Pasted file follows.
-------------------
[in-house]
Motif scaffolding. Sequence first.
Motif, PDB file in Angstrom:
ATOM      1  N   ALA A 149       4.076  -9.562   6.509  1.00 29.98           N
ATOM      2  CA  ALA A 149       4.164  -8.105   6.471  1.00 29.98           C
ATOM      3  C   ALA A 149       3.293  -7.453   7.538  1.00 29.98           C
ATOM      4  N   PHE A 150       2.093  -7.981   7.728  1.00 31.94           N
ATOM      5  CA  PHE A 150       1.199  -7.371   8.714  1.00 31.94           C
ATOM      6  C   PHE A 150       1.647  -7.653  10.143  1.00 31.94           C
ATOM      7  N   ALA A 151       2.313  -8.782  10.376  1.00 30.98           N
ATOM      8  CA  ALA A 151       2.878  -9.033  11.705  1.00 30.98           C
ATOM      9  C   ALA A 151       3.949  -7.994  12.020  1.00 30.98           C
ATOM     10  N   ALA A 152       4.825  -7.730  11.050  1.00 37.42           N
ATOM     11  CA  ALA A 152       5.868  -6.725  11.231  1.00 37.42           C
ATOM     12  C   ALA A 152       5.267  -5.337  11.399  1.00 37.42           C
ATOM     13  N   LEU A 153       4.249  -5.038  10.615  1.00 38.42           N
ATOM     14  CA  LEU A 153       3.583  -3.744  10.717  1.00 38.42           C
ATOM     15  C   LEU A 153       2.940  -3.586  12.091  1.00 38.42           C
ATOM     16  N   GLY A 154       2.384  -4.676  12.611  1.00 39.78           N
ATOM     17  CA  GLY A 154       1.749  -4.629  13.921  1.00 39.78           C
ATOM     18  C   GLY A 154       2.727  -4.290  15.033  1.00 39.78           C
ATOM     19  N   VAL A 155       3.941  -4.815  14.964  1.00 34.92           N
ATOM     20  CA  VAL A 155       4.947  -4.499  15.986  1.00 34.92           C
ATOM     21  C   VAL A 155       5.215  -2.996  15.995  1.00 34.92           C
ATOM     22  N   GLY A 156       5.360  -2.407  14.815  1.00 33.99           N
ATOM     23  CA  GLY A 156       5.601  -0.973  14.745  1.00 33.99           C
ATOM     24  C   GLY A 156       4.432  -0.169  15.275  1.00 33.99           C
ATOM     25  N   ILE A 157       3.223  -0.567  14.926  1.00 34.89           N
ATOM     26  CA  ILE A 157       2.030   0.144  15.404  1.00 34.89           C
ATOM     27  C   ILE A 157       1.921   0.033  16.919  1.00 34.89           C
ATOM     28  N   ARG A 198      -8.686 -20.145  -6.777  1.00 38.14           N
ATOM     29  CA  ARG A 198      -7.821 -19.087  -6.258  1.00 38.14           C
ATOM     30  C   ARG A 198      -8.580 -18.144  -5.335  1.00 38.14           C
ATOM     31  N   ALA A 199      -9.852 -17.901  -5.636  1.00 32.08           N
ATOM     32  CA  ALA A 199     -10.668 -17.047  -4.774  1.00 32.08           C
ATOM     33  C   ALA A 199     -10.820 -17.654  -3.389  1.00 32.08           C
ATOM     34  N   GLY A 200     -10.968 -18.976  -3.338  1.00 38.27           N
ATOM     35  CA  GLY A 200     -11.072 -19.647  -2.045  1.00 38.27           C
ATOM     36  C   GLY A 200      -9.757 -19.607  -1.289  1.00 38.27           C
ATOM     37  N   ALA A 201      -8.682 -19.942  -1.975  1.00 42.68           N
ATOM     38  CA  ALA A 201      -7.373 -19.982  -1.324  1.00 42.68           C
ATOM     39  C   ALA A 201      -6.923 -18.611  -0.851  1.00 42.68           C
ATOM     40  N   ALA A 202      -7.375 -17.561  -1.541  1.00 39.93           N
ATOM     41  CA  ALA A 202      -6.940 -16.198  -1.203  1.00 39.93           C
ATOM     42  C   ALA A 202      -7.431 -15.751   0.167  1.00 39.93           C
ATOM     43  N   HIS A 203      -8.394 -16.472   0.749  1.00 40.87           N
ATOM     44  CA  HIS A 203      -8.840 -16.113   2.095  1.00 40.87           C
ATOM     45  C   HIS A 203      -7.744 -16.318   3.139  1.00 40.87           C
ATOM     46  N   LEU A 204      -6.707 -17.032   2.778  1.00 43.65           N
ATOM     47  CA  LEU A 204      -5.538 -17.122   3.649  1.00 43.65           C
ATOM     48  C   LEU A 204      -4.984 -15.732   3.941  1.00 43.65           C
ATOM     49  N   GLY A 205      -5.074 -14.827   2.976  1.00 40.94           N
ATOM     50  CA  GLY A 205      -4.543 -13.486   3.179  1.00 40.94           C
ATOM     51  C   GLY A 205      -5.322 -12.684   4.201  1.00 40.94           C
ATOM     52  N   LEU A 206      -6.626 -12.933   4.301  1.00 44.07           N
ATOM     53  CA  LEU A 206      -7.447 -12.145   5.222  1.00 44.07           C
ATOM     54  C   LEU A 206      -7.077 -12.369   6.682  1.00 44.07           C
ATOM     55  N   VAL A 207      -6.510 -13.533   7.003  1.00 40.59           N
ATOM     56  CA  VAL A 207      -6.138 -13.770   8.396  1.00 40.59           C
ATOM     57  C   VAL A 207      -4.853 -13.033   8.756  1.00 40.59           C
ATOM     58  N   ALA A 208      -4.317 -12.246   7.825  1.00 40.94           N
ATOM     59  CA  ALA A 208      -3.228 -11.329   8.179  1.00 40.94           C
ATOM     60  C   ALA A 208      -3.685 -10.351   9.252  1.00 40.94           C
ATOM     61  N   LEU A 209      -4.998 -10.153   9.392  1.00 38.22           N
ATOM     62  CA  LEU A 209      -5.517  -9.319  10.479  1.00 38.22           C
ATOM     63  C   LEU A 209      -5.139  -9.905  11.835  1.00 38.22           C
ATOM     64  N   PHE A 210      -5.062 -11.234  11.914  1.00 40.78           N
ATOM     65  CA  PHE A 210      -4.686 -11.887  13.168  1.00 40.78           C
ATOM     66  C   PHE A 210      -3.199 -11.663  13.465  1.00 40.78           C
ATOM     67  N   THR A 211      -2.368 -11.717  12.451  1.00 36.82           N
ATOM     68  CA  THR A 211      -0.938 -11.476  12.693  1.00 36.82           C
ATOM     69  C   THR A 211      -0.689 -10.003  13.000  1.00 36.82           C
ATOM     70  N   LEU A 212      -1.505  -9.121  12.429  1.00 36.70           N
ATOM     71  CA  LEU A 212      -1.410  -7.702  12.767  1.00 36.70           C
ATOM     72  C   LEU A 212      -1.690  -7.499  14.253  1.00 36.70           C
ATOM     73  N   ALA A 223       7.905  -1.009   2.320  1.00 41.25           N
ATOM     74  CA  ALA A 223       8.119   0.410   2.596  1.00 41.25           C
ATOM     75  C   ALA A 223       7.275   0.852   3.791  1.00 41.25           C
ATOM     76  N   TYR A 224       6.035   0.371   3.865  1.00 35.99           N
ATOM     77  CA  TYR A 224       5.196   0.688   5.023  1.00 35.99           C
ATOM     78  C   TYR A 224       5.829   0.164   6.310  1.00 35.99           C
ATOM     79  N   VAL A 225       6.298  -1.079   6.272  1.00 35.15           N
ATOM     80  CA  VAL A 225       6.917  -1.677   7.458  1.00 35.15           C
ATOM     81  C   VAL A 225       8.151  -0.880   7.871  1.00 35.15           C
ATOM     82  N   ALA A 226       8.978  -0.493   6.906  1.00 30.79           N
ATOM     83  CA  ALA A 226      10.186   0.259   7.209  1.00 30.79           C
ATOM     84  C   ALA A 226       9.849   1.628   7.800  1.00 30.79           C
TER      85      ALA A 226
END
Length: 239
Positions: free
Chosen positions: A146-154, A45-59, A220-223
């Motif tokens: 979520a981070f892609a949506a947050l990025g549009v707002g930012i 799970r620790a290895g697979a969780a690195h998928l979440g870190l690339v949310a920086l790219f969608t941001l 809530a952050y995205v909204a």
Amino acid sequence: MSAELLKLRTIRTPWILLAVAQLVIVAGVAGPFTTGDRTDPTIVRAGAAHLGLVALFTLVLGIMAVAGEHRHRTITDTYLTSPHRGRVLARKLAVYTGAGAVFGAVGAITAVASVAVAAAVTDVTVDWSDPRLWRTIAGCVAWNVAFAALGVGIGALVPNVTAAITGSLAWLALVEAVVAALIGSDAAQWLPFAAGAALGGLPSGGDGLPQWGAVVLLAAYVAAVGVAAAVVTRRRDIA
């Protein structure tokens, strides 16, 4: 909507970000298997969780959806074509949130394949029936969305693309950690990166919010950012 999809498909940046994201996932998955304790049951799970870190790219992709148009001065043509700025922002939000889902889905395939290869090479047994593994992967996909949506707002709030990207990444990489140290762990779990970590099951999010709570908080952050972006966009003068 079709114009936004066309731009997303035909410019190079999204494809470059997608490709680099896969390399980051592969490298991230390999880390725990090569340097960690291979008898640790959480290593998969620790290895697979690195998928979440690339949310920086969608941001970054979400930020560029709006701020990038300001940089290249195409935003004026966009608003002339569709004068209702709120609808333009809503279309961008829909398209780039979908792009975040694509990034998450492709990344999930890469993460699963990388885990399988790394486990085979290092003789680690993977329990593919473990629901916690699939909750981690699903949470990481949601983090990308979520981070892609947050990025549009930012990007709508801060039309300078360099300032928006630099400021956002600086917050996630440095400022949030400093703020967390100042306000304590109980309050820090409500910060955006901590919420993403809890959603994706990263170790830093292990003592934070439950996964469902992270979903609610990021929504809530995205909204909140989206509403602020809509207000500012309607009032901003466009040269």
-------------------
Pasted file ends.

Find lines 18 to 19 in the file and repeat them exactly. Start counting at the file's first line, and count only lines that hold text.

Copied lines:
ATOM     15  C   LEU A 153       2.940  -3.586  12.091  1.00 38.42           C
ATOM     16  N   GLY A 154       2.384  -4.676  12.611  1.00 39.78           N